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The Control of Oil

Uploaded by SchoolStinks! on Jul 07, 2004

States stands at the helm of the Middle East. Her control of the Persian Gulf oil is masterful and firm. The world's sole superpower's control of this area is a factor in the exercise of her world leadership.

Oil is of strategic significance. It is almost unique in this respect. Its significance lies in its permeating nearly every aspect of the economic life of present-day nations. It consumes governments and precipitates wars. The world's developed economies are heavily dependent on oil, and no reasonable substitute for it is anticipated in the foreseeable future.

The bulk of the earth's known oil reserves, more than 70 percent, is concentrated in the Persian Gulf area. And although alternative energy sources have been vigorously pursued, the United States continues, since 1970, to import from the Persian Gulf 24 percent of needed oil for her own consumption. Japan and Europe, of course, are in varying degrees totally dependent on oil imported from this area. The region, therefore, will continue to be the scene of a control challenge amongst the powers of the world. For the control of this area and its individual states presses the oil-consuming countries into accommodation to the directives of the controller.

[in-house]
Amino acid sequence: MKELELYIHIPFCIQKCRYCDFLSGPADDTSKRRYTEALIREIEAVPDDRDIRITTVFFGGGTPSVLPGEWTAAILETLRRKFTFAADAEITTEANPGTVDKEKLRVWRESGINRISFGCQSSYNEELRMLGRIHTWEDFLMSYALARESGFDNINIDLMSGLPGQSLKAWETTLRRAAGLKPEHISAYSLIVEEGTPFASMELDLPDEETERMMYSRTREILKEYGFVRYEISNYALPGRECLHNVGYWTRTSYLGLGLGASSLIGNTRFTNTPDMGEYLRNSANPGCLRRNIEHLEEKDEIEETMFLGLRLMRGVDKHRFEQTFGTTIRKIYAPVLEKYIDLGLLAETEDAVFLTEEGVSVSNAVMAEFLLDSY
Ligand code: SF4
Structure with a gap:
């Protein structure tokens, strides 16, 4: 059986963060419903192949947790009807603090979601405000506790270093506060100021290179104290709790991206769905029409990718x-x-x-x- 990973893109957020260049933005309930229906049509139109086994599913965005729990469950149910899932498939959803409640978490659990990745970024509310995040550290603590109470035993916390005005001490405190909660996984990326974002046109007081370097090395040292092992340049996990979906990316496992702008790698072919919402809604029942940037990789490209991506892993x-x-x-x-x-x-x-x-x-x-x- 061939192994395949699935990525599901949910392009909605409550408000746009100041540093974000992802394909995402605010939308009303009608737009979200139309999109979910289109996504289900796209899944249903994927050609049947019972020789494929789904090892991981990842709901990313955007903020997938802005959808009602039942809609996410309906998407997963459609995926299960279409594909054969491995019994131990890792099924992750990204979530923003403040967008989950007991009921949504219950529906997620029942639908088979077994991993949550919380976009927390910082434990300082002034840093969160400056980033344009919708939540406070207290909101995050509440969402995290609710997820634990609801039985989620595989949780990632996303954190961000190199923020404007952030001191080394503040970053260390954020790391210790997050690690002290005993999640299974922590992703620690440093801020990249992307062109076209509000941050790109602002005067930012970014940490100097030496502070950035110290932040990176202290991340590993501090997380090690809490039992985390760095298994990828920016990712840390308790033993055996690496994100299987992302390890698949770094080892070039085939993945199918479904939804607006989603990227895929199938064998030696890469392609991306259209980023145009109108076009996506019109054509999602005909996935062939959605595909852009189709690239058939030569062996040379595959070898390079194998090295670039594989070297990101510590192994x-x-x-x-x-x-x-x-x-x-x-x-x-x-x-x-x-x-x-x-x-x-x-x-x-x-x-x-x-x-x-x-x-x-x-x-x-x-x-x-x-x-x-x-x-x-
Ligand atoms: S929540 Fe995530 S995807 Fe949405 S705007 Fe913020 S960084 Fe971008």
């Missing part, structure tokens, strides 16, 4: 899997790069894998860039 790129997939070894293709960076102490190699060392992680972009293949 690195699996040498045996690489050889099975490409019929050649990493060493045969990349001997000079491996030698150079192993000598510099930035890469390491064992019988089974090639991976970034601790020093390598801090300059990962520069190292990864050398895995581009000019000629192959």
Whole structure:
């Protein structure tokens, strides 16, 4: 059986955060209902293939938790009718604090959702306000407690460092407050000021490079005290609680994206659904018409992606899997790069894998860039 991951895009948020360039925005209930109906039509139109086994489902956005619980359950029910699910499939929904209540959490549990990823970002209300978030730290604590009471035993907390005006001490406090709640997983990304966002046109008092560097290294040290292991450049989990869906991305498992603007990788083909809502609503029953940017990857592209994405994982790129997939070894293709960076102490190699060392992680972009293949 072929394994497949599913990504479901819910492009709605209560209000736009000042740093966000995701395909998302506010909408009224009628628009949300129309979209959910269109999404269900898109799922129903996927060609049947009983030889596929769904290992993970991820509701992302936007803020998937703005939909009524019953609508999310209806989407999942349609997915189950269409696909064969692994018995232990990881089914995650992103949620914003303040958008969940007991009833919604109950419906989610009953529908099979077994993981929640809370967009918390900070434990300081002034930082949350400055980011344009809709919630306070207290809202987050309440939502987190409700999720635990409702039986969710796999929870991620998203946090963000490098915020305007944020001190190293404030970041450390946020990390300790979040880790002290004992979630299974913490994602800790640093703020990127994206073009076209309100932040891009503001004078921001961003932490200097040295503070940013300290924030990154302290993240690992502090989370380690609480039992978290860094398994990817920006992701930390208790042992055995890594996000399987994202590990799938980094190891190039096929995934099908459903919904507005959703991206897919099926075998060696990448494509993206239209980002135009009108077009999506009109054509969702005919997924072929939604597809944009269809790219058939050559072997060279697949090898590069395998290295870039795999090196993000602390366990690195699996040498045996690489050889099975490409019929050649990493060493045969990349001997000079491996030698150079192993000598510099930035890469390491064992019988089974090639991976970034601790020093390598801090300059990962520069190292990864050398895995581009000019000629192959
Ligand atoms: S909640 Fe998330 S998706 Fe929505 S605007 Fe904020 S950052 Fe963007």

With such magnitude of dependence on oil from the Gulf area, and with the 1973 oil shock vivid in the minds of the US security planners, the Iranian uprising of 1979 and its repercussions alerted President Jimmy Carter in January 1980 to reassert the United States policy in the Gulf in what came to be known as the Carter Doctrine:

Let our position be absolutely clear. An attempt by any outside force to gain control of the Persian Gulf region will be regarded as an assault on the vital interests of the United States of America, and such an assault will be repelled by any means necessary, including military force. (Emphasis added.)

The vital interests of the United States cannot, therefore, be left to the complexities of Arab politics and Arab-Israeli conflicts. Consequently, the United States, a military and economic might, has embarked upon a path of finding opportunities in crises in the Middle East to strengthen her influence and affirm her presence there. Piece-by-piece she has worked out ways to formulate policies aimed at insulating oil from Middle East politics - and world politics for that matter.

Since this study was completed thirty years ago there have been several...

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Uploaded by:   SchoolStinks!

Date:   07/07/2004

Category:   Contemporary

Length:   8 pages (1,726 words)

Views:   5923

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